Over 1 million visitors are expected to descend on London for the Royal Wedding, most of whom will line the streets along the route the wedding procession will take, hoping to catch a glimpse of William and Kate. But for a true taste of the London the young couple know, a tour of some their favourite hangouts, and places linked to their big day, is a must.
Kensington Palace, in the borough of Kensington and Chelsea, was the official residence of Princess Diana and therefore William’s childhood home. This royal residence has housed the offices and apartments of various members of the royal family since the 17th Century. Parts of the palace are open to the public and visitors may tour the gardens, staterooms and exhibitions.
Down the road in Thurloe Street is Boujis, one of the exclusive private members clubs that the happy couple and their contemporaries frequent. Their signature cocktail, the rather worryingly named Crack Baby (raspberry liqueur, champagne, vodka) is said to be a favourite of the young royals.
Another favourite spot for the “trustafarian” set to let their hair down in the company of other young and affluent socialites, is the Mahiki nightclub in Mayfair. This tiki-themed bar brings a touch of the tropics to one of the most exclusive districts in London.
The King’s Road, originating at Sloane Square, is the traditional stomping ground of the Sloane Rangers – the young, wealthy, upper classes – and while the term may not be as widely used as it was in Diana’s time, the famous shopping street is a firm favourite of Kate Middleton. Applauded for her fashion sense, the princess-to-be is famed for matching exclusive with affordable chic, and the King’s Road offers just such a mix of shops, including the high street fashion store Jigsaw, where she briefly worked as a buyer in 2007. Also on the King’s Road is the award winning Richard Ward Hair Salon, one of the most sought after stylists of the hip and high profile, including Miss Middleton.
One of her preferred lunch stops, Bluebird, is also on this road. Just up the road is Tom’s Kitchen, a relatively informal restaurant she and William are known to eat at, although it is rumoured William prefers the private dining room here. When looking for an intimate dinner out where they won’t be recognised, William and Kate have been known to visit Dans le Noir, a restaurant where guests eats in total darkness and where the servers are all blind or partially sighted.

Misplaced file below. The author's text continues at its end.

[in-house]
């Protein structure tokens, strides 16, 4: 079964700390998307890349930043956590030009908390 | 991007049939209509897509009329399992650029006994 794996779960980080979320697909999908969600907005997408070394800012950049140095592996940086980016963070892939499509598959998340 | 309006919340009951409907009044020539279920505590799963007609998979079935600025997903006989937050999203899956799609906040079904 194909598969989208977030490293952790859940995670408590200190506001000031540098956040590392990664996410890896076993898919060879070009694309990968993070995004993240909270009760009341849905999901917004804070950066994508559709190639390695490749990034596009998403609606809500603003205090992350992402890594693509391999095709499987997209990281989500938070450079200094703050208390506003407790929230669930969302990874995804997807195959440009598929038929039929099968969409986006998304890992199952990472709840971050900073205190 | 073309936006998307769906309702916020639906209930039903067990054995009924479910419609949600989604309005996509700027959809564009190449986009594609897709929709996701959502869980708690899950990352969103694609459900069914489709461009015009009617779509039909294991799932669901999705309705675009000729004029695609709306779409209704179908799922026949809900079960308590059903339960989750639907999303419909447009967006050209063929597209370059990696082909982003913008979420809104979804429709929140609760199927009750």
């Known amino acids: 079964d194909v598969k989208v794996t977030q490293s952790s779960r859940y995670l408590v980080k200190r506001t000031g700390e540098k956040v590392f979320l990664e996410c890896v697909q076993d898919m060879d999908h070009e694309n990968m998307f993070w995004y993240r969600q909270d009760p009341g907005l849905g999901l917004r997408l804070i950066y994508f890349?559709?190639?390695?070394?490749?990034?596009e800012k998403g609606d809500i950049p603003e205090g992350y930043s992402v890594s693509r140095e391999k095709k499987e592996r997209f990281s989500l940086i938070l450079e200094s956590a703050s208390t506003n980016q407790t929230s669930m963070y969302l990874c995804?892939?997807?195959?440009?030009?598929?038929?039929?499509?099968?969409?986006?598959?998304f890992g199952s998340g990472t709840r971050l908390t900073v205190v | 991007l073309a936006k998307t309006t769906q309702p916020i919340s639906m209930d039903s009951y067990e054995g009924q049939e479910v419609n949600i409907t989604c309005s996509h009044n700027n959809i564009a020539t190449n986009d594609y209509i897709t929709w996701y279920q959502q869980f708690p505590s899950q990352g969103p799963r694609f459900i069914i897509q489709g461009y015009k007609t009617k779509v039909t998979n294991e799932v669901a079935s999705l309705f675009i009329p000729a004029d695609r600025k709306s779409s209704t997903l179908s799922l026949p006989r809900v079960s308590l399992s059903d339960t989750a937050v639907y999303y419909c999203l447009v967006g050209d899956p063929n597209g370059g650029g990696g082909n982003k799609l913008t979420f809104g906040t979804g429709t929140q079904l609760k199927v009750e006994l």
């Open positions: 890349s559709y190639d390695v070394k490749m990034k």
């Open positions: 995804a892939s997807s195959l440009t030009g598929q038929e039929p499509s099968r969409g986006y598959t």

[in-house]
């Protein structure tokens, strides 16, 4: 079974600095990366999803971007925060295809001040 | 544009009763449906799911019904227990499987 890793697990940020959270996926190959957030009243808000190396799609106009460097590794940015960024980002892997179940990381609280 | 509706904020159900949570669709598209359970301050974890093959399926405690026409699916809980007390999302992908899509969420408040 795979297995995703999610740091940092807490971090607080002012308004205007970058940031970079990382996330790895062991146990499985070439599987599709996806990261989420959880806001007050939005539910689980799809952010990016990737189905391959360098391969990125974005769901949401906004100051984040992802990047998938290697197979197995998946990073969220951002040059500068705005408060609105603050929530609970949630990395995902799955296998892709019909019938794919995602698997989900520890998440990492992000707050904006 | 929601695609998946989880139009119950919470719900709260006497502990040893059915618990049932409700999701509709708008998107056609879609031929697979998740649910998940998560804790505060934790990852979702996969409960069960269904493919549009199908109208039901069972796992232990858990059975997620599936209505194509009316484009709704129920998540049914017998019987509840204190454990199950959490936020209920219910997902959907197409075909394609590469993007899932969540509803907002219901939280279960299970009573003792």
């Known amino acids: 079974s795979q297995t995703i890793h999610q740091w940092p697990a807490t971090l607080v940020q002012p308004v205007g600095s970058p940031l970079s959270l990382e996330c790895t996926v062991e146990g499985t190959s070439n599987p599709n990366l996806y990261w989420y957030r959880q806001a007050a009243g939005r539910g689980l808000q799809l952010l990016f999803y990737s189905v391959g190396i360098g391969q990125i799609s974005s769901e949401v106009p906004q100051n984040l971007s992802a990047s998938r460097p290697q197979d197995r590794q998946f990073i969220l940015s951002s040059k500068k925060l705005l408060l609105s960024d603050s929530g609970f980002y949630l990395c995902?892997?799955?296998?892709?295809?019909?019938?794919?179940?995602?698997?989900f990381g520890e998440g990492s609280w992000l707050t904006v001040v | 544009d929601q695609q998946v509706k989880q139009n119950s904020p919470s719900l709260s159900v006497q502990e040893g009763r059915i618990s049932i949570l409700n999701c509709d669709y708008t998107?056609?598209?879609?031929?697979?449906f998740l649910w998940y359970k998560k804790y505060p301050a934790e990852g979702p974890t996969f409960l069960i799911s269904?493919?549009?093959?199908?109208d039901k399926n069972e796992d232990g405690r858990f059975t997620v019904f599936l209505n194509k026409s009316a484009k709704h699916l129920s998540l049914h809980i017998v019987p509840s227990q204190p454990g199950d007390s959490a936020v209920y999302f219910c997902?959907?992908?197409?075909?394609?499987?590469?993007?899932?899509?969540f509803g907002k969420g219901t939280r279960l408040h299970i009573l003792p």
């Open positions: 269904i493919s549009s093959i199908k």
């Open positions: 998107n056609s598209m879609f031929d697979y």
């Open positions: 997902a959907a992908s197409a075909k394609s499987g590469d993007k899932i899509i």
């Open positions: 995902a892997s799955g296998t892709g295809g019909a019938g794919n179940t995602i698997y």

Those wanting to follow in the footsteps of the future monarchs will want to stop by Garrard’s on Albermarle Street – the world’s oldest jeweller – where Charles bought Diana the 18 carat sapphire and diamond ring which Kate now wears.
Although the wedding dress is swathed in secrecy, ever since Kate was seen leaving designer Bruce Oldfield’s, rumours have been rife that the British designer, who was one of the late Princess Diana’s favourites, has been chosen to make the dress. For a peek at what the dress could potentially look like, visit the shop on Beauchamp Place.
A tour that follows in the royal footsteps would not be complete without a visit to Westminster Abbey, where William and Kate will be married by the Archbishop of Cantebury in front of 2000 people. The largely Gothic church has a long tradition as a venue for royal weddings, and is also the site of coronations and burials of British monarchs.
Any royal tour should culminate at Buckingham Palace, where the wedding reception will be held and where the happy couple will eventually reside.